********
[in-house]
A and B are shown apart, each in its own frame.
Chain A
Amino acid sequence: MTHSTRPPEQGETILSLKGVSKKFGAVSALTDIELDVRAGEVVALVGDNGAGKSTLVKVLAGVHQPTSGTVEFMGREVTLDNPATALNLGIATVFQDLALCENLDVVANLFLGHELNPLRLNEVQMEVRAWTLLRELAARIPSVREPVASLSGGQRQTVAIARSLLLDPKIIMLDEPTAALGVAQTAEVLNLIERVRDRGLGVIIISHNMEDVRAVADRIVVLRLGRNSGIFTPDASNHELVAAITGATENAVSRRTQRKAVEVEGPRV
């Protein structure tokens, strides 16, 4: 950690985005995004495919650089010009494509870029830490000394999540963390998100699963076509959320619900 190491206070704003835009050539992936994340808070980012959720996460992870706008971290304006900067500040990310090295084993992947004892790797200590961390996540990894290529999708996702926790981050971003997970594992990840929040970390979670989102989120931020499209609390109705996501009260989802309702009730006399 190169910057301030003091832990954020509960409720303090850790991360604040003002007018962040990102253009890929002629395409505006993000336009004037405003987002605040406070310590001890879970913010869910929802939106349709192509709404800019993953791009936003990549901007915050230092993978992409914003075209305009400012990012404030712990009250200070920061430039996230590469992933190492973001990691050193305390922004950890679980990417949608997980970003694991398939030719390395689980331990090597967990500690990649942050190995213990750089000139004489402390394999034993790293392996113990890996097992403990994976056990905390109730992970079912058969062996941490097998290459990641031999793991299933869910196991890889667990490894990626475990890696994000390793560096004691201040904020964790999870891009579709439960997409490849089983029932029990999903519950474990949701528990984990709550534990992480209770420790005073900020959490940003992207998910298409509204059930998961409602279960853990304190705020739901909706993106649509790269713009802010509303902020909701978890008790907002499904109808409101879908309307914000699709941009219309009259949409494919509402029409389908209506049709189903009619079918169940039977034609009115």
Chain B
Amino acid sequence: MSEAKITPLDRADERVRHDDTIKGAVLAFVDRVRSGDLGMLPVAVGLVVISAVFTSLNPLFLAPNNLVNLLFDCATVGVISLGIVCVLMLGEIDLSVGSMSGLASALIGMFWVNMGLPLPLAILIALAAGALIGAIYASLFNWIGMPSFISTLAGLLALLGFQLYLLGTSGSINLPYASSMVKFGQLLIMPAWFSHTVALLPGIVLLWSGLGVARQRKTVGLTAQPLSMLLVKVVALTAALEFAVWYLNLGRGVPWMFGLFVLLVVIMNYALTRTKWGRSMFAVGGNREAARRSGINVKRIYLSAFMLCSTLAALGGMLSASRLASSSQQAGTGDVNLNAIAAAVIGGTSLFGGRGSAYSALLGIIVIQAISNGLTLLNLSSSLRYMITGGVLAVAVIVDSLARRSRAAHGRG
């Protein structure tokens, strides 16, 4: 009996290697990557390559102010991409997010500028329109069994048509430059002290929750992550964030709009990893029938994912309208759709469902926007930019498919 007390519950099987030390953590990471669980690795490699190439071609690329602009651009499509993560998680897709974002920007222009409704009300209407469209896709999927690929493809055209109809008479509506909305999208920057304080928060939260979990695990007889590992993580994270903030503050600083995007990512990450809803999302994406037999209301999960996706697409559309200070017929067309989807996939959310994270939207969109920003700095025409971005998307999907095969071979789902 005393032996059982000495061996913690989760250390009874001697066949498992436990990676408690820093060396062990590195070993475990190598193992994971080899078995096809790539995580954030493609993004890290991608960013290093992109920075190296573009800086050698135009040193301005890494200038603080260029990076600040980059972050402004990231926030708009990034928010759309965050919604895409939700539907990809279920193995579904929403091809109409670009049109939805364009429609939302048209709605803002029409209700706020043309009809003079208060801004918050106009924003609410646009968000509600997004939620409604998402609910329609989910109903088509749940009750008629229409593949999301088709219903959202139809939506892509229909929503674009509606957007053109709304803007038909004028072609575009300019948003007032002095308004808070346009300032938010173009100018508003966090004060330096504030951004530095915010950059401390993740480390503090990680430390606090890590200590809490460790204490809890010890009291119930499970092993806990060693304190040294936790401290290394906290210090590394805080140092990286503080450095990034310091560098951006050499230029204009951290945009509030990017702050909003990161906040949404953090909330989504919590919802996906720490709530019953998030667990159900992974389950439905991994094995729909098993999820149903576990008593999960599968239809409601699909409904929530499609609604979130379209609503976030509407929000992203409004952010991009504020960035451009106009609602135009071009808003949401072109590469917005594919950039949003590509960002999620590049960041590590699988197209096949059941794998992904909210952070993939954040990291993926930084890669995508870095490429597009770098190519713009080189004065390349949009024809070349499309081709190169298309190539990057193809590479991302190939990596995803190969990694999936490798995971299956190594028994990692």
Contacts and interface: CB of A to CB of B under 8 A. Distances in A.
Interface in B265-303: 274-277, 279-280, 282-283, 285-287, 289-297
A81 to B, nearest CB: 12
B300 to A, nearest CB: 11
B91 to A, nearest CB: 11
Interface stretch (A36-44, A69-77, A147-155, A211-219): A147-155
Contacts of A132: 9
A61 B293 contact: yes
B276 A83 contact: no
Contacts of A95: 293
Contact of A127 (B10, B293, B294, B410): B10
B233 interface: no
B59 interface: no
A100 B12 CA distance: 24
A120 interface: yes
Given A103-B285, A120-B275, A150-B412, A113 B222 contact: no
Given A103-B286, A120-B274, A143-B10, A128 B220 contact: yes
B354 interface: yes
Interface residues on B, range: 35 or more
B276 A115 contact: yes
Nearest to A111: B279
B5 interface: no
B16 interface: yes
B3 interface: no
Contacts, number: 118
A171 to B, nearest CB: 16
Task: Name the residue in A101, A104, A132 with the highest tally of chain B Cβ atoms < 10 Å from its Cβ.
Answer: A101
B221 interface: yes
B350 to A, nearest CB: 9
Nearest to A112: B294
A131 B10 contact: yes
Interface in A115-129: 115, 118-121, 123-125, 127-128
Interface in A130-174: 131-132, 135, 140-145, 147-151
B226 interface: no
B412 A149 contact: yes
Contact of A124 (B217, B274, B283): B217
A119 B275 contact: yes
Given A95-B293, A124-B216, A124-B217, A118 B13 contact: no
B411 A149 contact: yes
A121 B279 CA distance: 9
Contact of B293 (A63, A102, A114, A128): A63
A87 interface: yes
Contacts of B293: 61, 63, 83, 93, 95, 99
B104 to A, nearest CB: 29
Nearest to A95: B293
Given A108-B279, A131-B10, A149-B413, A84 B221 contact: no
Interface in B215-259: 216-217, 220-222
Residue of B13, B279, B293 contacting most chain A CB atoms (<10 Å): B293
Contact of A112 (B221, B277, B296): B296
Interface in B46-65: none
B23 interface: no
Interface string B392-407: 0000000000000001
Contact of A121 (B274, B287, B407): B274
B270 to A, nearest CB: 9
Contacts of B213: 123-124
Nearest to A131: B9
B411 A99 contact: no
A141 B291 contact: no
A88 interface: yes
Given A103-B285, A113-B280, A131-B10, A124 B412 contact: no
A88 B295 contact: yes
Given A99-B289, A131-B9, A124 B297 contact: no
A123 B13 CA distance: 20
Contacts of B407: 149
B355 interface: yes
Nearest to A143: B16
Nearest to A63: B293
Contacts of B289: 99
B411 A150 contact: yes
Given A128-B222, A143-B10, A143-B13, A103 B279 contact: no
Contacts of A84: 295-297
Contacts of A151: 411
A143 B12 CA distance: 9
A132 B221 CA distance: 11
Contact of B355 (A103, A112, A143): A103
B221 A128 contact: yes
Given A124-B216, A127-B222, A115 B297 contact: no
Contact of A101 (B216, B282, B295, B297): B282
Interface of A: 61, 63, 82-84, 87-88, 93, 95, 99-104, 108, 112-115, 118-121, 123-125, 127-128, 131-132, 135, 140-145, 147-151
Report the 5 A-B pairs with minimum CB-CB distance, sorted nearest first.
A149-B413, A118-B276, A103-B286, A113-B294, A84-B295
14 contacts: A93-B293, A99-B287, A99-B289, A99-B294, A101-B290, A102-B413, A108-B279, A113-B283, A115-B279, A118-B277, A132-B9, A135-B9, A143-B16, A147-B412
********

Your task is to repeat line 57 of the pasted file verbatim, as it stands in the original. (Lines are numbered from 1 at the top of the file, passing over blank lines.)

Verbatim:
Residue of B13, B279, B293 contacting most chain A CB atoms (<10 Å): B293